Paying It Forward
Isaiah 43’s mentoring program provides guidance and leadership training to local youth.
Growing up, Arriel did not have a relationship with his dad and was raised by his grandmother after his mother passed. Arriel’s grandmother was concerned about his quick temper and attitude and recognized that he needed a male role model as an example of how to be a responsible man. She decided to enroll Arriel in Isaiah 43’s youth programming when he was fourteen years old. In eighth grade, he was matched with Royce Williams, Sr. as a mentor at St. David Parish in the 9th Ward for five years until his high school graduation in 2017.
Now twenty-one years old and studying at Southern University, Arriel reflects, “When I started at Isaiah 43, I wasn’t interested in joining clubs or going to church. School was not glorified where I am from. At first, I was uncomfortable with Royce. You have to understand that most of my life I was raised and educated by women, so having a caring and consistent man in my life was new and awkward, but he grew on me.” Royce attended Arriel’s games and award ceremonies, becoming an important figure in his life who would be in his corner even when it seemed like no one else was.
The Power of Possibility
In his senior year of high school, Arriel began working with Isaiah 43’s former Family Resource Coordinator, Sister Salvatrice, for one-on-one support as he applied to colleges. As a first generation college student, he needed help navigating the intimidating and overwhelming transition. Sr. Salvatrice accompanied him through each step of submitting applications and financial aid forms, registering on-campus, and enrolling in classes. It is one thing to be accepted into college and another to graduate, though. After securing tuition, maintaining a job, and planning for his future, Arriel ran into roadblocks like securing copies of his immunization records, paying additional fees, and opening a savings account. Sr. Salvatrice continued to be a support system during those first few months of college, answering any and all questions.
“Sr. Salvatrice has been so significant and influential in my life, and I would not have been able to achieve all of this on my own. I owe her so much,” exclaims Arriel. Sr. Salvatrice returns the sentiments, sharing, “It has been amazing to watch him grow over the years. He has made an impact on me because he is a constant reminder that adversity is no match for God’s grace, a supportive community, and the determination to succeed. I am incredibly proud of the young man he is becoming, and he is an example not just to the male students in Isaiah 43 but to us all.”
Paving a Path
In college, Arriel has flourished and has been selected to study abroad in Cuba and the Holy Land. He has even created a community for other young black men who are first generation college students. He explains, “In my neighborhood, there are two types of men: guys who live the street lifestyle, and the guys who pursue scholarships to get out of the neighborhood. But what about the guys who have to walk in both of those worlds without being consumed by either environment? I don’t want to be a dope boy, but I also don’t want to abandon my neighborhood.”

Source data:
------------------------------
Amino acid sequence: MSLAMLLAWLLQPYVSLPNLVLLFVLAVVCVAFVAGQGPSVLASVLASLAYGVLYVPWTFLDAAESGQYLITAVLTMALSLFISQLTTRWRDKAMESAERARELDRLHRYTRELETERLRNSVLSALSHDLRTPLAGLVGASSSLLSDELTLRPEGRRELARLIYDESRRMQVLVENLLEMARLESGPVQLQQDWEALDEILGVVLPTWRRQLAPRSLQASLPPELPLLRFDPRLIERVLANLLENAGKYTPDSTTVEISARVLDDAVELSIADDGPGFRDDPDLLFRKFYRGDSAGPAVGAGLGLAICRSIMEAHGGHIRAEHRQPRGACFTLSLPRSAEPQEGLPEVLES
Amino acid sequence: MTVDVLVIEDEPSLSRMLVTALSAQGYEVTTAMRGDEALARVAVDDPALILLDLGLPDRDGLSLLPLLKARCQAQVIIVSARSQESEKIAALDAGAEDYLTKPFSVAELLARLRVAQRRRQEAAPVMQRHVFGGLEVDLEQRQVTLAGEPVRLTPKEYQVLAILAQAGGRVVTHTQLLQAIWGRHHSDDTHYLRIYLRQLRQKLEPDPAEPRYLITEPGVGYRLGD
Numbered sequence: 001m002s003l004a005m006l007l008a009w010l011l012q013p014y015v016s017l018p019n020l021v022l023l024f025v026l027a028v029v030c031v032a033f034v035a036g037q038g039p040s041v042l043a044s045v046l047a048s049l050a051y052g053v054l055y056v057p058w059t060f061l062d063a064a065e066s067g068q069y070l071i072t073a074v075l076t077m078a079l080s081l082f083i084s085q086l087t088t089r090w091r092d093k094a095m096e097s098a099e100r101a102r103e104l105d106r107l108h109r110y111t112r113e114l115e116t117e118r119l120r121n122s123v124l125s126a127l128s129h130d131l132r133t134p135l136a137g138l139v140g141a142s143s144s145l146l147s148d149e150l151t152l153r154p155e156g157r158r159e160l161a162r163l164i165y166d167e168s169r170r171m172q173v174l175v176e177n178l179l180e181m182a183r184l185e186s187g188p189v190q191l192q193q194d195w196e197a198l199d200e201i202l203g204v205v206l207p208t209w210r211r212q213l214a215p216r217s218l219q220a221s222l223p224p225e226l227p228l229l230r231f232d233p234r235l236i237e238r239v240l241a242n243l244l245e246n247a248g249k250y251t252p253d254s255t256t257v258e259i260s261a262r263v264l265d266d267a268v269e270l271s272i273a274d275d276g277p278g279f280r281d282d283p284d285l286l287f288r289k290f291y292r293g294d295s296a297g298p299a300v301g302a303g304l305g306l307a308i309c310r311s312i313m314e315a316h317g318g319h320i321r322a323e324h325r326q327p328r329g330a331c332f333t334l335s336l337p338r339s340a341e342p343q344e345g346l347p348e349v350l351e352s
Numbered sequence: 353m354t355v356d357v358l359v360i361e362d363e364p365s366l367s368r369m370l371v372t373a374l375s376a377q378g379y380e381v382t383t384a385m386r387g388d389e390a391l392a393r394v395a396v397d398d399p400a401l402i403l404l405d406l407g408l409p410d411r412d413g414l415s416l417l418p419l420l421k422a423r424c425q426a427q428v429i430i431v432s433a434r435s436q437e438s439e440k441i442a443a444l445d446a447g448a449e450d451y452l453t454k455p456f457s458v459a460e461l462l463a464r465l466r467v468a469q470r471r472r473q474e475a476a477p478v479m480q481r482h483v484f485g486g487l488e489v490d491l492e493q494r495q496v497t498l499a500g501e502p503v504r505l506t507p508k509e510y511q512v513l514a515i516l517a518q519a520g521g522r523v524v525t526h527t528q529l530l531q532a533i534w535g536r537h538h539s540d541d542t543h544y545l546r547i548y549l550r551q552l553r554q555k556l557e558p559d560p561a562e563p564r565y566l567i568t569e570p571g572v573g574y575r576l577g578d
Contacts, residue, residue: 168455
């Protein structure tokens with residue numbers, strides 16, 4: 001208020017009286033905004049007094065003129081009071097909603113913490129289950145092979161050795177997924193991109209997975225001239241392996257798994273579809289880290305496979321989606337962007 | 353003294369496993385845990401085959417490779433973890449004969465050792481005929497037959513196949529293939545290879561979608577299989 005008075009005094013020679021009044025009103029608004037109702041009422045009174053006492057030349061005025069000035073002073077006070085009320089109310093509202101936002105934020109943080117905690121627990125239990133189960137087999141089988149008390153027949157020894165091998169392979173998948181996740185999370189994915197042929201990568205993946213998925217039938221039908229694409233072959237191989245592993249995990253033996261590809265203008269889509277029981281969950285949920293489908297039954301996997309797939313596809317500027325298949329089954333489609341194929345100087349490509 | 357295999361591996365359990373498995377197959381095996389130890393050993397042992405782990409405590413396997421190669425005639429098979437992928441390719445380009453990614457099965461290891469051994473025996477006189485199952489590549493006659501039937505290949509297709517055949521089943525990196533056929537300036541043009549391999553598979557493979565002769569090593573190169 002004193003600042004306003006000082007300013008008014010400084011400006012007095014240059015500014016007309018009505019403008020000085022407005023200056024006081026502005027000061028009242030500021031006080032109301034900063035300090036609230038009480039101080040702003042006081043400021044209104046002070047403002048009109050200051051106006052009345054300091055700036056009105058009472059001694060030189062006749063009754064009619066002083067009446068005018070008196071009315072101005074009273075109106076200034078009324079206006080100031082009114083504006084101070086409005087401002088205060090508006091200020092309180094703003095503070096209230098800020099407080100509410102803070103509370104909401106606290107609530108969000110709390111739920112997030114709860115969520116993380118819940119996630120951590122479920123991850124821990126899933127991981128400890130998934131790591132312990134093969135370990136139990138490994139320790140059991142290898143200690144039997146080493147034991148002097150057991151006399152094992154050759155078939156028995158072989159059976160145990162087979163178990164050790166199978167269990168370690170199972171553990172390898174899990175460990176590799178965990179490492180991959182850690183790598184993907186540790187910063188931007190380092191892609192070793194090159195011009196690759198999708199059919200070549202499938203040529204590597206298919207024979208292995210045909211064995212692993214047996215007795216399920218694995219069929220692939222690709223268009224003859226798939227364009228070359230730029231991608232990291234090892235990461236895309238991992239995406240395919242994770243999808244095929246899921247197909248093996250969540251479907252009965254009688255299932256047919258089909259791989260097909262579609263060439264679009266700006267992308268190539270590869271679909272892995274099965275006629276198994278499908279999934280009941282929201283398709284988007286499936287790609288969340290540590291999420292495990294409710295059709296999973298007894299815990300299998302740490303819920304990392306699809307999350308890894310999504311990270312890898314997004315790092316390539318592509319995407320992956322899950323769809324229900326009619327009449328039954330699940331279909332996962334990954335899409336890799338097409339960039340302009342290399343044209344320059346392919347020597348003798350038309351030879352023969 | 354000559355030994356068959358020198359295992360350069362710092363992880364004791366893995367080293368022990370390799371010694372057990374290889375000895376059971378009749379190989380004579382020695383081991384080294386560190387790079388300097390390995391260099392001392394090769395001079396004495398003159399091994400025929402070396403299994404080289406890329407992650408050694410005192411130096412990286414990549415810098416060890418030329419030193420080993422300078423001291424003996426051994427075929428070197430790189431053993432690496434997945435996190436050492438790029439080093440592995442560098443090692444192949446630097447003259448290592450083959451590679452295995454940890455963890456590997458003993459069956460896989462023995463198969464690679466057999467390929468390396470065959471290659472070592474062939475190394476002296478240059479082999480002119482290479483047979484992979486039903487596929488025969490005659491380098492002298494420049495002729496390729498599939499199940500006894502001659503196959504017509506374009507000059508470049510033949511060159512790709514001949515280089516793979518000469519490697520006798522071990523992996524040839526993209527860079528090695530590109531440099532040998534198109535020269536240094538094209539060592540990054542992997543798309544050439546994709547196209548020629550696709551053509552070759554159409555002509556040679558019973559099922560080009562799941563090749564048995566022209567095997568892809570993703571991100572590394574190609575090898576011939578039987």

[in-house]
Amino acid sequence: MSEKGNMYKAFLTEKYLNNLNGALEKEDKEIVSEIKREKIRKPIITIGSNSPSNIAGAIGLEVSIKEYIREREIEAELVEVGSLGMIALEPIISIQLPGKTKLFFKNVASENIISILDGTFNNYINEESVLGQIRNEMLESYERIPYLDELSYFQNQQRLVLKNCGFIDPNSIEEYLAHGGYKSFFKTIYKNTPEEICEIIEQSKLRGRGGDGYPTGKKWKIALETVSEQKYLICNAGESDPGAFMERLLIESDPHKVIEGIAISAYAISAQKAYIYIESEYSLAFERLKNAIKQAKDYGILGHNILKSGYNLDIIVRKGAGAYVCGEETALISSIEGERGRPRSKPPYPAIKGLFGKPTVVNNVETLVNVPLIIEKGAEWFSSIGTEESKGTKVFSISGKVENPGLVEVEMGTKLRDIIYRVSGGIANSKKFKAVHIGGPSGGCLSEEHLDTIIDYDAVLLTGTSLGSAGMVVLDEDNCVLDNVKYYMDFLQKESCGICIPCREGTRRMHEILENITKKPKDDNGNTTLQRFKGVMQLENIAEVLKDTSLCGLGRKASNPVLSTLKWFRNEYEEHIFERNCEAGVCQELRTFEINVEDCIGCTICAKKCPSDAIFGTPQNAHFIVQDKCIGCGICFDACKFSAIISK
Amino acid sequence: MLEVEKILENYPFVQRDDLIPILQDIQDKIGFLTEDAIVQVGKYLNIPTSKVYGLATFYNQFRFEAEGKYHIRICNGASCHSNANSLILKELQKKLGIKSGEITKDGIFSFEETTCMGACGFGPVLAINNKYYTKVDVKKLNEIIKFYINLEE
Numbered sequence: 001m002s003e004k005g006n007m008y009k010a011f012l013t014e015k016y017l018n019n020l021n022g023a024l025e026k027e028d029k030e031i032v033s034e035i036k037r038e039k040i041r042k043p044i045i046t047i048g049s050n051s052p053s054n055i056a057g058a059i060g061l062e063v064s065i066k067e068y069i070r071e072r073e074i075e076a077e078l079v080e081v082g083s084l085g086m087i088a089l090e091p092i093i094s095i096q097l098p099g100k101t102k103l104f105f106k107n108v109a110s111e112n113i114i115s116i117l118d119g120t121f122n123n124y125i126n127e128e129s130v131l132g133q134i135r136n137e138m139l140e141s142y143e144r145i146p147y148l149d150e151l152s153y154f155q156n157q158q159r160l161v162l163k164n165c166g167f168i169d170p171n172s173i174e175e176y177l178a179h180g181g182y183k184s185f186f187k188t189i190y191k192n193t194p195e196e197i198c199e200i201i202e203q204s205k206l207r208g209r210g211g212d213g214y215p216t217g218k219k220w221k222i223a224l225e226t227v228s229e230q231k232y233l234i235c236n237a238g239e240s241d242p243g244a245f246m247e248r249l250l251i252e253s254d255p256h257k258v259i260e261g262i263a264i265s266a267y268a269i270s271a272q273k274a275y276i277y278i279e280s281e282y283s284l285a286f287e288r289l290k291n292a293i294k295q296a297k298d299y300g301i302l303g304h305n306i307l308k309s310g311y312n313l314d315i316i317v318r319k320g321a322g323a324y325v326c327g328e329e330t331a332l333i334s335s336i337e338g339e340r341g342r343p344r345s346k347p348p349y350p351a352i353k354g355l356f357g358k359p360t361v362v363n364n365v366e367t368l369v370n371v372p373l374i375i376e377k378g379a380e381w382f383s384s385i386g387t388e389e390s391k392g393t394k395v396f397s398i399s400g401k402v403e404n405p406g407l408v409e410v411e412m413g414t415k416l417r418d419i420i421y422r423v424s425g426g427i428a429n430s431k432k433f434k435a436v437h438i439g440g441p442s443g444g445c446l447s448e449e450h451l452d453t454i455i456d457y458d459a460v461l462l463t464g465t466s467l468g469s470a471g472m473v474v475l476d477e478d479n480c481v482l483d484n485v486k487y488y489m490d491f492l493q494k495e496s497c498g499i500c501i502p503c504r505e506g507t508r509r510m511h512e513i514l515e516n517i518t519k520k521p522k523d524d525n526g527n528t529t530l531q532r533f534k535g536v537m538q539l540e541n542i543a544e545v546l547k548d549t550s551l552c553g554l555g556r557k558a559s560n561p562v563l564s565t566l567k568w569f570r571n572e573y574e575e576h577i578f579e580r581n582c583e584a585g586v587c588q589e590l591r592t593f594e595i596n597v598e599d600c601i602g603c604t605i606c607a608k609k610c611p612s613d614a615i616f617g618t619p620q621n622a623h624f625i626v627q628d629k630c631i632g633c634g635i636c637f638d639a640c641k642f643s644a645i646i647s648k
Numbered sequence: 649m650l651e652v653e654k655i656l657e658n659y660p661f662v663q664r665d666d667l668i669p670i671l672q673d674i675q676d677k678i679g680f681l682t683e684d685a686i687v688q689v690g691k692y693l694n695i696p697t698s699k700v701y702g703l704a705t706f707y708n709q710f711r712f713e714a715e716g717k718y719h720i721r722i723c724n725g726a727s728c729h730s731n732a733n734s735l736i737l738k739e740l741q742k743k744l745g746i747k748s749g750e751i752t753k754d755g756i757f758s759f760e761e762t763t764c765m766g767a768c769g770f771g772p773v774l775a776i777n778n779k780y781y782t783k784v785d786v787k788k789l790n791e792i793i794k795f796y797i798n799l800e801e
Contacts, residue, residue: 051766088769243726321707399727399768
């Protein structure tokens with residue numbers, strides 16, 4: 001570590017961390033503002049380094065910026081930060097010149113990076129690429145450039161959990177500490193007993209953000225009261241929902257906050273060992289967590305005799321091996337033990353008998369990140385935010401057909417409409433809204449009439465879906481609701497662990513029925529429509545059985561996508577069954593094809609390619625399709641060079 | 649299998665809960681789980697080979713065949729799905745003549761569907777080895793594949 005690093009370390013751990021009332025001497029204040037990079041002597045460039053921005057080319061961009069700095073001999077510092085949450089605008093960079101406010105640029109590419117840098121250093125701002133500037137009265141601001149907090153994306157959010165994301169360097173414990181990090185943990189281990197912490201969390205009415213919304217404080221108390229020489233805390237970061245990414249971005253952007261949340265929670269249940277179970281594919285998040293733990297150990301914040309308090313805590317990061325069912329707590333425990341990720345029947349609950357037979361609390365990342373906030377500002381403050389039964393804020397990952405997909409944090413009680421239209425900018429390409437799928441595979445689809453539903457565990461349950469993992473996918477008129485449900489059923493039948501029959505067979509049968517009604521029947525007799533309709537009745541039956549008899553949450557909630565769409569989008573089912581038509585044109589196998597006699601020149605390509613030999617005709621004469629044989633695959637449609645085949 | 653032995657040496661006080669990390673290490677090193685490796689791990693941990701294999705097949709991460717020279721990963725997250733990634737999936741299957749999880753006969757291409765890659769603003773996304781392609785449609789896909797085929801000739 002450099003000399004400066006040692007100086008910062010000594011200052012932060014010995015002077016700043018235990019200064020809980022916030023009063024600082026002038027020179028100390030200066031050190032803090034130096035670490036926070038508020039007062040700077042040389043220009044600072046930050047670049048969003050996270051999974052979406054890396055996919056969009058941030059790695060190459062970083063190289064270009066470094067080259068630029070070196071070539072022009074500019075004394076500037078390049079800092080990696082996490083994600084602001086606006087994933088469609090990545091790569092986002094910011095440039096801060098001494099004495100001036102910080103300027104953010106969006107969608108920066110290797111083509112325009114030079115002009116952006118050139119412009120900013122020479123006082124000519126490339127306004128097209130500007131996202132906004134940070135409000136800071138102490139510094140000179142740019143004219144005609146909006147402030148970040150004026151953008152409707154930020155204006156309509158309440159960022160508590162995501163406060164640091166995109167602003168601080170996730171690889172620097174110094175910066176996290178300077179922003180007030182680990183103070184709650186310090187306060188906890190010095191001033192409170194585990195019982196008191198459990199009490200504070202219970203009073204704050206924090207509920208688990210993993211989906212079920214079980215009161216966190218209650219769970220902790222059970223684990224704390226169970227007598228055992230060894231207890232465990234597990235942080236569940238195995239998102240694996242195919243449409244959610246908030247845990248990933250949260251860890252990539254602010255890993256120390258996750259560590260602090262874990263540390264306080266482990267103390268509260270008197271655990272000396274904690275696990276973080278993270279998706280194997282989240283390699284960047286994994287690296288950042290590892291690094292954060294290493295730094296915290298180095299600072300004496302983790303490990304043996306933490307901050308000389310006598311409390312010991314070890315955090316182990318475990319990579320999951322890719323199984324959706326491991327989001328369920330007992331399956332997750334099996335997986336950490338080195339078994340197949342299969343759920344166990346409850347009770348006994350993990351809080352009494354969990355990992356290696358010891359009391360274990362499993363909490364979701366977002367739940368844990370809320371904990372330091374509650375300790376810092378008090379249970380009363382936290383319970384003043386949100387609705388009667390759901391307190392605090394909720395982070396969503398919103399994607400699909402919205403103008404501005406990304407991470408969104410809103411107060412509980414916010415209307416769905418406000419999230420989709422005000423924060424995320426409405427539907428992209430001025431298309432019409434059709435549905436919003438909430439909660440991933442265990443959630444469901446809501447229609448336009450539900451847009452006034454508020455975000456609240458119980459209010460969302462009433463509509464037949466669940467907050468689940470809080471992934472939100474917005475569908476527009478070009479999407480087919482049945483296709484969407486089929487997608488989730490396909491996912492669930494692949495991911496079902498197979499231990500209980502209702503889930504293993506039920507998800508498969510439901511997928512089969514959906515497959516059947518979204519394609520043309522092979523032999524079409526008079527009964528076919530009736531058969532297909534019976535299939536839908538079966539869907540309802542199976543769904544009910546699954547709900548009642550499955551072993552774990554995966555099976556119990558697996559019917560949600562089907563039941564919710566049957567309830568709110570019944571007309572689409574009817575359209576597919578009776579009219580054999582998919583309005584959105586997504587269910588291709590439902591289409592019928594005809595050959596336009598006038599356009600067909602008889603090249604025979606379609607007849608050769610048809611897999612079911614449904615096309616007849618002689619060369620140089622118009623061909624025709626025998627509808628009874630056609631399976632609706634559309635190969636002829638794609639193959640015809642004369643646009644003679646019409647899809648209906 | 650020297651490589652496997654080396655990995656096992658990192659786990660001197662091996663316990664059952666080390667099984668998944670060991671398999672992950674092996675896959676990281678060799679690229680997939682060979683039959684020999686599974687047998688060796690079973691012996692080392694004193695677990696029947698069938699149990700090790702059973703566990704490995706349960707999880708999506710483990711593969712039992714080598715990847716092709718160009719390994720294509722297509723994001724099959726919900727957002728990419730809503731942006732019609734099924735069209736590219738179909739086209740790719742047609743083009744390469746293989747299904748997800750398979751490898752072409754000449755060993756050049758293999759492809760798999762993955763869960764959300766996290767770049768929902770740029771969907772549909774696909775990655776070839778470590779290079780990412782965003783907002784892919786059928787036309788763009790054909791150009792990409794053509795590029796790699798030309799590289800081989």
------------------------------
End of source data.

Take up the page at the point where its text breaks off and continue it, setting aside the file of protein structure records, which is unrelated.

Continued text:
He created the One Percenters group for young black men who do not singularly fit into either lifestyle. He continues, “There is a drug dealer in most homes on my block. In the summer, I work at the Ashe Center’s camps, and they send their sons to me to get exposure and education in the arts. I try to act as a teacher and counselor to these young men to keep them engaged and off the street. Their fathers want them to have a good role model.” His dream is to turn the One Percenters into an LLC with merchandise, professional development, and more.
Regularly returning to Isaiah 43, Arriel shares the knowledge he has gained on his journey with young men who are in the same position as he was seven years ago. He has developed and led workshops on communication and public speaking and was invited to participate in Isaiah 43’s Guy Day in May 2019 as a speaker and taught the young men to tie a tie. “Youth need more peer support. Mentoring in general is so needed, but the age gap between adults and teens can leave a lot of room for disconnection. To teenagers, it seems like adults can’t relate to their experiences, so there’s not as much trust. Because I’m closer to their age but a bit older, I understand more of what they’re going through but have a bit more perspective.”
Arriel reveals, “Participating in Isaiah 43 has opened doors for me. Coming back as a junior coordinator, I’ve built time management, public speaking, and event planning skills.” Kristina Gibson, Program Director, remembers meeting Arriel when he was a reserved young man but has had the privilege of watching him grow into a mature, responsible man who uplifts his family and community. He has exceeded her expectations despite facing challenges, and she looks forward to what his future holds.
Learn more about Isaiah 43 and how to become a mentor to local youth here.Back to top